Nail Biting, Hair Pulling! How to Stop Stress-Fueled Bad Habits

Ever catch yourself biting your nails, picking at your skin, or even avoiding physical interactions due to germs? It can be hard to explain why we do the things we do, especially as we experience stress, anxiety or frustration. But what we do to cope with these things matters the most.

Dr. Sanam Hafeez, a NYC based neuropsychologist and Teaching Faculty Member at Columbia University Teacher’s College, gives insight on behaviors that are more dire than merely bad habits.   

Hair Pulling (Trichomania)

Trichotillomania is a disorder that urges individuals to pull out body hair. This is usually triggered by anxiety and can provide a feeling of temporary satisfaction.  “The exact cause of trichotillomania isn’t known. It may be related to abnormalities in brain pathways that link areas involved in emotional regulation, movement, habit formation, and impulse control,” Hafeez says.  Excessive hair pulling from the scalp, eyebrows, and eyelashes can lead to patches and bald spots. ”Distract yourself with sensory toys which allow your body to focus on other things.” Adding petroleum jelly to problem areas will allow you to be less likely to put the hair because it is slippery.”  The main treatment for trichotillomania is a type of behavior therapy called habit reversal training. Basically, this means replacing a bad habit with something else that’s not harmful.

Nail Biting (Onychophagia)

This is an oral compulsive habit and that can develop from stress, nervousness, or excitement. A study published this year in Scientific American puts nail biting in another realm of behavior: body-focused repetitive disorders, like scratching or patting your own hair. And it seems to tie into one particular personality type that has a higher potential for boredom, stress, and anxiety than many others: perfectionists. Excessive nail biting can lead to infections, inflammation, and even tooth problems. The usual method for beating this habit?  “Override your old habit with a new one by “tricking” your brain using rewards, awareness exercises, and other methods,” Dr. Hafeez says. “A typical strategy is to get subjects to note whenever they feel the urge to bite their nails, a feeling called a “cue,” and reward them with something else whenever they feel it, like stroking one’s hands.”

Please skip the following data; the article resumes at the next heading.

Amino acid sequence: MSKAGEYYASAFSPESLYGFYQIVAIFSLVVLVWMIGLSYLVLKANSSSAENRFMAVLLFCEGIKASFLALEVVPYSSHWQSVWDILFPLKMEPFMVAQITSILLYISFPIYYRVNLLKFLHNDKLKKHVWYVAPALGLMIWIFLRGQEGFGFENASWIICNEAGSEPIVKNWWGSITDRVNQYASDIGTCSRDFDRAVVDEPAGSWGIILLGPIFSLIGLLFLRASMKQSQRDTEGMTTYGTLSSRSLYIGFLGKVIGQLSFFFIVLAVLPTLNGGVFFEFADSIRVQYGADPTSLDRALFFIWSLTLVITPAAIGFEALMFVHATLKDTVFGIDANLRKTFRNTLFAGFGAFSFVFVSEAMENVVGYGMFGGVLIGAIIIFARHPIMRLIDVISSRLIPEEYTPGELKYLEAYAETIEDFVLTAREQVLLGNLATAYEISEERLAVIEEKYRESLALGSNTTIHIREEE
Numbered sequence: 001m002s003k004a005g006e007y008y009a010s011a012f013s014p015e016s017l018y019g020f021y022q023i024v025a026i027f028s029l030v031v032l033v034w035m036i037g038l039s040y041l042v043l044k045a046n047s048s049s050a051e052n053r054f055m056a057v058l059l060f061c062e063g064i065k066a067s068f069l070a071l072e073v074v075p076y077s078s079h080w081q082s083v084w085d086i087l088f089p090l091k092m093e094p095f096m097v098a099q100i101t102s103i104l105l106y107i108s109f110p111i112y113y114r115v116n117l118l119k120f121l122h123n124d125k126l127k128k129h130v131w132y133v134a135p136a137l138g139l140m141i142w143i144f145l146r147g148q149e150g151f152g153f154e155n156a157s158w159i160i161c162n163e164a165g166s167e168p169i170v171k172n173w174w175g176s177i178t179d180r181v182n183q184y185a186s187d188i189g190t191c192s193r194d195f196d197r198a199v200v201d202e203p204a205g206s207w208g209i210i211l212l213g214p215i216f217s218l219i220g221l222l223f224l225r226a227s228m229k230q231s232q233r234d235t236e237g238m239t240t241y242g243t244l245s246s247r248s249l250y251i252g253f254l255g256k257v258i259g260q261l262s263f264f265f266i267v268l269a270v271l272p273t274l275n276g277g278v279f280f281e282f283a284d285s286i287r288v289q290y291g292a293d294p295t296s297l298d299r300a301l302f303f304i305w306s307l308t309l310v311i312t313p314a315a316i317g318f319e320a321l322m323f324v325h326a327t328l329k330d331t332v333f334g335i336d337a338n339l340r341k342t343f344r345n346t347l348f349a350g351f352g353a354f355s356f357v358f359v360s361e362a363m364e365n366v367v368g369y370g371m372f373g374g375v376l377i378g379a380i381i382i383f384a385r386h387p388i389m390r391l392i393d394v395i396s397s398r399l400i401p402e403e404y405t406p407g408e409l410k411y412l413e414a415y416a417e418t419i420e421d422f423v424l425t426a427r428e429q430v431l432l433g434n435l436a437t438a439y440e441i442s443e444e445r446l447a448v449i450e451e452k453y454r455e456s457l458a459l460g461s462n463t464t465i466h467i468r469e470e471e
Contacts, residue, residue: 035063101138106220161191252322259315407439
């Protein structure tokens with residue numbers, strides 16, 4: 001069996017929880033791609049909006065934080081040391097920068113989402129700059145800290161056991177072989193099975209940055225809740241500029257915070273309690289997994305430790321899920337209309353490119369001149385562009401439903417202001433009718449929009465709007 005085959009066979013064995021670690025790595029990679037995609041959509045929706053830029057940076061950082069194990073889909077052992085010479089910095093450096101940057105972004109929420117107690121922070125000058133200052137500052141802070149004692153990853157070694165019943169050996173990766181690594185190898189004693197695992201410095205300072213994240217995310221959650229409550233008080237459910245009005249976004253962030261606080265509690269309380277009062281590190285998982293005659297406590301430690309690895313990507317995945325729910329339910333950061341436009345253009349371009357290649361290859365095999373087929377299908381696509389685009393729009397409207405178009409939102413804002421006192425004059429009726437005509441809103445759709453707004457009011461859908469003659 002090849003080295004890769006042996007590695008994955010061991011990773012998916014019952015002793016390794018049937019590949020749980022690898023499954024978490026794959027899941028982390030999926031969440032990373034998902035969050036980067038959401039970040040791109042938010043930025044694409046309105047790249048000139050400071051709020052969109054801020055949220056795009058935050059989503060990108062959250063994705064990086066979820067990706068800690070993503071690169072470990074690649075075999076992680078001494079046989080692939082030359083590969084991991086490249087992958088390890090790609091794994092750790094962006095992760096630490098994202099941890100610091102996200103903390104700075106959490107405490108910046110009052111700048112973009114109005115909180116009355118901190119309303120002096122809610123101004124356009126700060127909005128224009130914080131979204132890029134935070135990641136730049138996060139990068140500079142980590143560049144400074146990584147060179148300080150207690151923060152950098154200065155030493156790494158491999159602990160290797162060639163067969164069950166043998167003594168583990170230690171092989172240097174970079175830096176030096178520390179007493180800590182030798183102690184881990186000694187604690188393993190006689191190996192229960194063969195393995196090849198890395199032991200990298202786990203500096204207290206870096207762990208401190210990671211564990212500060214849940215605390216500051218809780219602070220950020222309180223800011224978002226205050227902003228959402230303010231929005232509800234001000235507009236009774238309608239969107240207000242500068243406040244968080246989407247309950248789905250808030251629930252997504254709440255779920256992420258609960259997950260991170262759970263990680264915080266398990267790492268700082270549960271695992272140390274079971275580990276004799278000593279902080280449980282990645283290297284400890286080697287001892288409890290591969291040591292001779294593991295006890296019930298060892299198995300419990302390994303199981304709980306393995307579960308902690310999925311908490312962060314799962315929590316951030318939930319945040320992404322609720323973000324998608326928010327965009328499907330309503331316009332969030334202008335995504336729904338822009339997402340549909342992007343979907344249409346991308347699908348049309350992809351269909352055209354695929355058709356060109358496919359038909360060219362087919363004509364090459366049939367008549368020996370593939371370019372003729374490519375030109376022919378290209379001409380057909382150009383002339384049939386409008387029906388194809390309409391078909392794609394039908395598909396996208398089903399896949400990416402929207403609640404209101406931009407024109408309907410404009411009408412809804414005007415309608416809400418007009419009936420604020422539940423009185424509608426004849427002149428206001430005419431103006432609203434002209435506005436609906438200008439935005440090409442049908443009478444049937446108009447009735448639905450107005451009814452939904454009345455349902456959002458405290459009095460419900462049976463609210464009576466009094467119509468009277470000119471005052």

Germaphobia, also known as Mysophobi , is a fear of contamination and germs. This is a form of obsessive compulsive disorder. You may feel the need for excessive washing and cleaning, constantly focusing on a way to sanitize everything you come in contact with. Germaphobia can lead to irritated skin and discomfort over time. Consider medication that moderates serotonin in the brain known as SSRIs or Cognitive Behavior Therapy.

Skin Picking (Excoriation)

Skin picking is a repetitive self-grooming” behavior. This disorder can develop in two ways, through stress and after some kind of rash or minor injury. Skin picking can lead to tissue damage, infection, and even scarring. “Use exercise as a way to distract yourself and improve your mood,” Hafeez says. “Taking care of any scars you have already with essential oils will also lessen the urge.”

Also Read: Foods To Help You With Stress



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